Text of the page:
Highlights from the Center’s Art Collection

Richmond Barthé, Shoe Shine Boy, c. 1938

Richmond Barthé, Shoe Shine Boy, c. 1938

The Center’s art collection contains over 300 artworks in a range of media, including sculpture, painting, print, photography, and collage. The first artwork to enter the collection was Richmond Barthé’s Shoe Shine Boy. The sculpture was donated by attorney Frank Breckenridge to the Center in 1941, less than a year after the galleries of the Center opened to the public for the first time.

In the early years, many local artists exhibited at the Center and assisted with its programing and administration. The most notable was Margaret Burroughs. A talented and ambitious leader, Burroughs joined other artists and community leaders to raise money to open the Center, and served on the board for many years. Burroughs’ prints—several of which are in the Center’s collection—reflect her vision for social progress. In School Together and Riding Together picture the benefits of a future racial integration for African Americans.

Margaret Burroughs prints: In School Together (n.d.) and Riding Together (2011)

Margaret Burroughs prints: In School Together, date unknown, (left) and Riding Together, 2011, (right)

Works by other artists, such as Elizabeth Catlett and Harlem Renaissance photographer James van der Zee, reflect a similar interest in the lives and struggles for equality of African Americans in the early twentieth century. Archibald Motley’s Sunday in the Park—like many of his works in area collections such as the Art Institute of Chicago and the Chicago History Museum—presents the complex markers of racial and class identities in Chicago’s social and recreational spaces.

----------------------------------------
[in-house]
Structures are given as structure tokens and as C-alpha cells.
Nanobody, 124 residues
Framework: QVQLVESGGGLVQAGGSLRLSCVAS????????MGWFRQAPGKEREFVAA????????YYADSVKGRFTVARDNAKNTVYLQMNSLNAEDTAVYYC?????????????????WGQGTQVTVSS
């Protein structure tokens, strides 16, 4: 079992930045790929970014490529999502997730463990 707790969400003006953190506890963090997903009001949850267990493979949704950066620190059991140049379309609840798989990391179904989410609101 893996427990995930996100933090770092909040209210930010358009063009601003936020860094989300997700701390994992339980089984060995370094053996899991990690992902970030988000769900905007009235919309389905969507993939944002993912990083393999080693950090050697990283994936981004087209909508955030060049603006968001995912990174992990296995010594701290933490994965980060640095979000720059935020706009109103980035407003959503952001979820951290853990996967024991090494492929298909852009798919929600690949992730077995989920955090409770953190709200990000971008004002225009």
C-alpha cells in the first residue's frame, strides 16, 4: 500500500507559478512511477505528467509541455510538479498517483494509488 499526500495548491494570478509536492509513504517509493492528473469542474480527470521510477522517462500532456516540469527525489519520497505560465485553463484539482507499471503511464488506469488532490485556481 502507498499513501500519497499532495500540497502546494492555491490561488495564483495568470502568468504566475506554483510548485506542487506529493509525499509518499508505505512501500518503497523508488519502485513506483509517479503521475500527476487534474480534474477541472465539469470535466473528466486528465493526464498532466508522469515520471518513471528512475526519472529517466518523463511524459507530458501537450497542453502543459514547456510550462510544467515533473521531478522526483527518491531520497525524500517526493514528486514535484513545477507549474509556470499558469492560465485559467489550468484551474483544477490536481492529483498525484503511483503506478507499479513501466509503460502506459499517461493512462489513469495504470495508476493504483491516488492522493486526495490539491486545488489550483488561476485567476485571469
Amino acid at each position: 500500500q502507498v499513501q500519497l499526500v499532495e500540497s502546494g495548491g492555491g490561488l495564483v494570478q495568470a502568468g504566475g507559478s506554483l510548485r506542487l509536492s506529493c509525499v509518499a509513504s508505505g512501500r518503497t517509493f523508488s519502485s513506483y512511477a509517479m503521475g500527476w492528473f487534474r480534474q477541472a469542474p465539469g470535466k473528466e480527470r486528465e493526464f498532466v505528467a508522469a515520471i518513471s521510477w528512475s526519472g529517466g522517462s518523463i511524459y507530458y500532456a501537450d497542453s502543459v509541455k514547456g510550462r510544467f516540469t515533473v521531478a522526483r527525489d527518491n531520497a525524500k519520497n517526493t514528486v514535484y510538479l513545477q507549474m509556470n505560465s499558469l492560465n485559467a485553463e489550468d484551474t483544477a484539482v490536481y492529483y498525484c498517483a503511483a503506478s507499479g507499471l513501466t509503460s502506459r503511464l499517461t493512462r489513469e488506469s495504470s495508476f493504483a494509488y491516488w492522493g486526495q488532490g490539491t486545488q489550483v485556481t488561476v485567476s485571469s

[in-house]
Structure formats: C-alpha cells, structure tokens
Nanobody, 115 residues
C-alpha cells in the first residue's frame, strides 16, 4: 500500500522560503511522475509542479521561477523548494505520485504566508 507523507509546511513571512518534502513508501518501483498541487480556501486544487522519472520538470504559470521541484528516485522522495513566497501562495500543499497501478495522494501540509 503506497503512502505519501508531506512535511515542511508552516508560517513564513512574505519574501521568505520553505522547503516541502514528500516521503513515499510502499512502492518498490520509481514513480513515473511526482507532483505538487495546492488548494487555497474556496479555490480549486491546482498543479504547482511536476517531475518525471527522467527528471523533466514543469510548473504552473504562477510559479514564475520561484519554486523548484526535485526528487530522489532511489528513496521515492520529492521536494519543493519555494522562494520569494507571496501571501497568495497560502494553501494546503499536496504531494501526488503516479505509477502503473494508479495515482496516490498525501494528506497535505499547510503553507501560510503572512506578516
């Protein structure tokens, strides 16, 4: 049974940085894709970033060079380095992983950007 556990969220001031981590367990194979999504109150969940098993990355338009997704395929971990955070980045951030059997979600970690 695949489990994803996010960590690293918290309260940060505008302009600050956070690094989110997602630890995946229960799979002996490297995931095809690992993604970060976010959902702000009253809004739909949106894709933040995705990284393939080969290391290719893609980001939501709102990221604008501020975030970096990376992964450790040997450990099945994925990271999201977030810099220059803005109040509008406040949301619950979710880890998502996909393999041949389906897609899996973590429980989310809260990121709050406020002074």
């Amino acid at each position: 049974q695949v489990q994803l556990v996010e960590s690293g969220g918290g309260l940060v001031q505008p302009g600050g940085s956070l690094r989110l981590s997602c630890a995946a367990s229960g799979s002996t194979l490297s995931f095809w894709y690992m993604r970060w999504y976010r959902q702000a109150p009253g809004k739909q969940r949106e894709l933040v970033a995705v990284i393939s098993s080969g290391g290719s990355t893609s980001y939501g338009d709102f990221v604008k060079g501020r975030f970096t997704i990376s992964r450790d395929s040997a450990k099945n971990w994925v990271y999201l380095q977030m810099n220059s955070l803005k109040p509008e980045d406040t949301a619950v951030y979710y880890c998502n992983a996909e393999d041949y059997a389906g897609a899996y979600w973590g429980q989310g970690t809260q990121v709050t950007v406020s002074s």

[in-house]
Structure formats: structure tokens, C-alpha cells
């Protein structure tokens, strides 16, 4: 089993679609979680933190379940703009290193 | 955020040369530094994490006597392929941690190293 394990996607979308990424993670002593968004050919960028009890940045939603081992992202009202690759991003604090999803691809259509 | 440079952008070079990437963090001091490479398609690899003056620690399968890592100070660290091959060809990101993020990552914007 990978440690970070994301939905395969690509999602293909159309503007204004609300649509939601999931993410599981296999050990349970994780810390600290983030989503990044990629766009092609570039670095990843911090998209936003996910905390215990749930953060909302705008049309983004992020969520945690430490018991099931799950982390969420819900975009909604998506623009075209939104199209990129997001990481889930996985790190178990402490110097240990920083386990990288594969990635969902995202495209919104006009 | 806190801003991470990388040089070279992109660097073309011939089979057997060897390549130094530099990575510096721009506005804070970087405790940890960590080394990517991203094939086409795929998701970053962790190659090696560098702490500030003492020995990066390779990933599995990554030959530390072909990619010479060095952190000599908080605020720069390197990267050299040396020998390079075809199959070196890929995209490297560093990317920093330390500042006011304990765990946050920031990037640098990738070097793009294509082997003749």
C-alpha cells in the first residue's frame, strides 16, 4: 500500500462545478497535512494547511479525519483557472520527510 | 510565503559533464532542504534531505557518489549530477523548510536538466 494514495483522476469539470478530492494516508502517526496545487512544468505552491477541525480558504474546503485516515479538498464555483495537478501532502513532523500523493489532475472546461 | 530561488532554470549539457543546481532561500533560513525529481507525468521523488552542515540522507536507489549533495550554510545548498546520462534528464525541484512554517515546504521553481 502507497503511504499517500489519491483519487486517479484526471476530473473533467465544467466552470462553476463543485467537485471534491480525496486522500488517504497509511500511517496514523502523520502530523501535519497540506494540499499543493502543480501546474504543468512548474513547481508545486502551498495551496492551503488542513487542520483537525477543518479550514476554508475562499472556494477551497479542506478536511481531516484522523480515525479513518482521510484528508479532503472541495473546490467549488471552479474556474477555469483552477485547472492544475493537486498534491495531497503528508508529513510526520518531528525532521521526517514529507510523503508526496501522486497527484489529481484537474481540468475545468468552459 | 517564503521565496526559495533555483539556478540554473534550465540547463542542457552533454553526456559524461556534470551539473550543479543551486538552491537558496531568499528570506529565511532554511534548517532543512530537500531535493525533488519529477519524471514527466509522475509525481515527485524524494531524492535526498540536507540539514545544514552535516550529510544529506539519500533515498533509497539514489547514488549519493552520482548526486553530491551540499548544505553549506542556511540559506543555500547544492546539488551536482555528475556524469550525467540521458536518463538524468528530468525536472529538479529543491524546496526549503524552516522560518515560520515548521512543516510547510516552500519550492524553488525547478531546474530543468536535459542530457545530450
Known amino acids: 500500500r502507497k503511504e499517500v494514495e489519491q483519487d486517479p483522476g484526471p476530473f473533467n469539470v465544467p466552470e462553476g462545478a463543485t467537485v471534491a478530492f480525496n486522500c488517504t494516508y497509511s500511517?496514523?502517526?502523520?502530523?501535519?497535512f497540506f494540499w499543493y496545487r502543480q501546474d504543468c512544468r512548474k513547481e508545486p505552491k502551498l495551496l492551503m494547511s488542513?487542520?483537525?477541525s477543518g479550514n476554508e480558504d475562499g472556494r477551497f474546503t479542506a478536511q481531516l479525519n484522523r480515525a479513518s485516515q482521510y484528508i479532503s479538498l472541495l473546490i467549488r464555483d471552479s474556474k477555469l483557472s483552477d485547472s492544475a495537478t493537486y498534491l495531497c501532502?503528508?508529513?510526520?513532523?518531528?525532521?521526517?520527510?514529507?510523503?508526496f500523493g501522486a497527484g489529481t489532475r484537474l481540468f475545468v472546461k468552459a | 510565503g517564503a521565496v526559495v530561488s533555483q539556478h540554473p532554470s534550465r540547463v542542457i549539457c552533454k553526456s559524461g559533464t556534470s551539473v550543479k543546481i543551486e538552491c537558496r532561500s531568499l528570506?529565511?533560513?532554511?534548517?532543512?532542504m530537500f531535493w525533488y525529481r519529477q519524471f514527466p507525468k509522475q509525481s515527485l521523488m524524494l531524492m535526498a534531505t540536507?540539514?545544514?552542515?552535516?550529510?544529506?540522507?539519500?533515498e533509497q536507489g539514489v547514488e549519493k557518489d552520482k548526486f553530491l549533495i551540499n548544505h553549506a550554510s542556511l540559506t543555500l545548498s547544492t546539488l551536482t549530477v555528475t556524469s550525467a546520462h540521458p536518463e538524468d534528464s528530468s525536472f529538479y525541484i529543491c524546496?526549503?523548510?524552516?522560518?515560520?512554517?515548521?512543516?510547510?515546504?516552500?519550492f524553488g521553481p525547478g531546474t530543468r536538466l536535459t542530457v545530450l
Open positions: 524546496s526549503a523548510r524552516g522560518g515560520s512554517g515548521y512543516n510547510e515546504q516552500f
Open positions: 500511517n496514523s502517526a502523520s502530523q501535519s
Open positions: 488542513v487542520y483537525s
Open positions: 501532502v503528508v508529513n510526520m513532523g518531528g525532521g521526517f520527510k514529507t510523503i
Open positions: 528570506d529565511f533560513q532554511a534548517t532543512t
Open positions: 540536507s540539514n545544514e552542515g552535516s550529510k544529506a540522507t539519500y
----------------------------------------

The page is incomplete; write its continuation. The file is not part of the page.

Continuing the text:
Archibald J. Motley, Jr., Sunday in the Park, 1941

Archibald J. Motley, Jr., Sunday in the Park, 1941

Allen Stringfellow, Untitled, 1962, collage

Allen Stringfellow, Untitled, 1962, collage

Despite the Center’s origins as a WPA project, artists associated with the Center did not feel restricted to the social realist, figurative style. Abstract imagery was a way for artists to experiment with form, investigate their African heritage, and interpret the texture of daily life. Jose William’s Ghetto conveys the textures and rhythms of urban neighborhoods. Allen Stringfellow’s collage, Untitled, merges modernist abstraction with the patterns and objects of black middle class domestic spaces. Layered with cut paper and swathes and splatters of paint—especially Stingfellow’s signature color, red—are fashion advertisements, floral patterns and cut crystal glasses cut from magazines, a family photograph, and cropped modernist paintings.

Works in the collection from the 1960s represent the intensity of the turbulent decade. Large scale paintings and mural panels made for the Center by William Walker, founder of the Chicago mural movement, reflect the artist’s commitment to making and exhibiting art for and in the community. The compositions both celebrate and instruct their black viewers. Additionally, the Center has several significant paintings, prints, and sculptures by AfriCOBRA artists, including Sherman Beck, Jeff Donaldson, Barbara Jones-Hogu, Carolyn Lawrence, Howard Mallory, and Gerald Williams. AfriCOBRA, the African Commune of Bad Relevant Artists, formed in Chicago in 1968 amidst the political upheavals of the student protests and the revolutionary politics of the Black Power movement. AfriCOBRA wanted to make art relevant and available to their community, whether as affordable poster prints or in Mallory’s alley exhibitions.

Barbara Jones-Hogu, Be Your Brother's Keeper, 1968, Screenprint (left) and Gerald Williams, Wake Up, 1969, Serigraph (right)

Barbara Jones-Hogu, Be Your Brother’s Keeper, 1968, screenprint (left) and Gerald Williams, Wake Up, 1971, screenprint (right)

The collection also contains ephemera and photographs from events and exhibitions at the Center and the South Side of Chicago, such as posters for the famous Artists and Models Ball and photographs of the Wall of Respect. The Center continues to collect and exhibit more recent works by Chicago artists, such as Marva Jolly and Douglas Williams, maintaining a collection that reflects the continuing vitality and creativity of the community.

Ceramic sculptures by Marva Jolly

Ceramic sculptures by Marva Jolly

 

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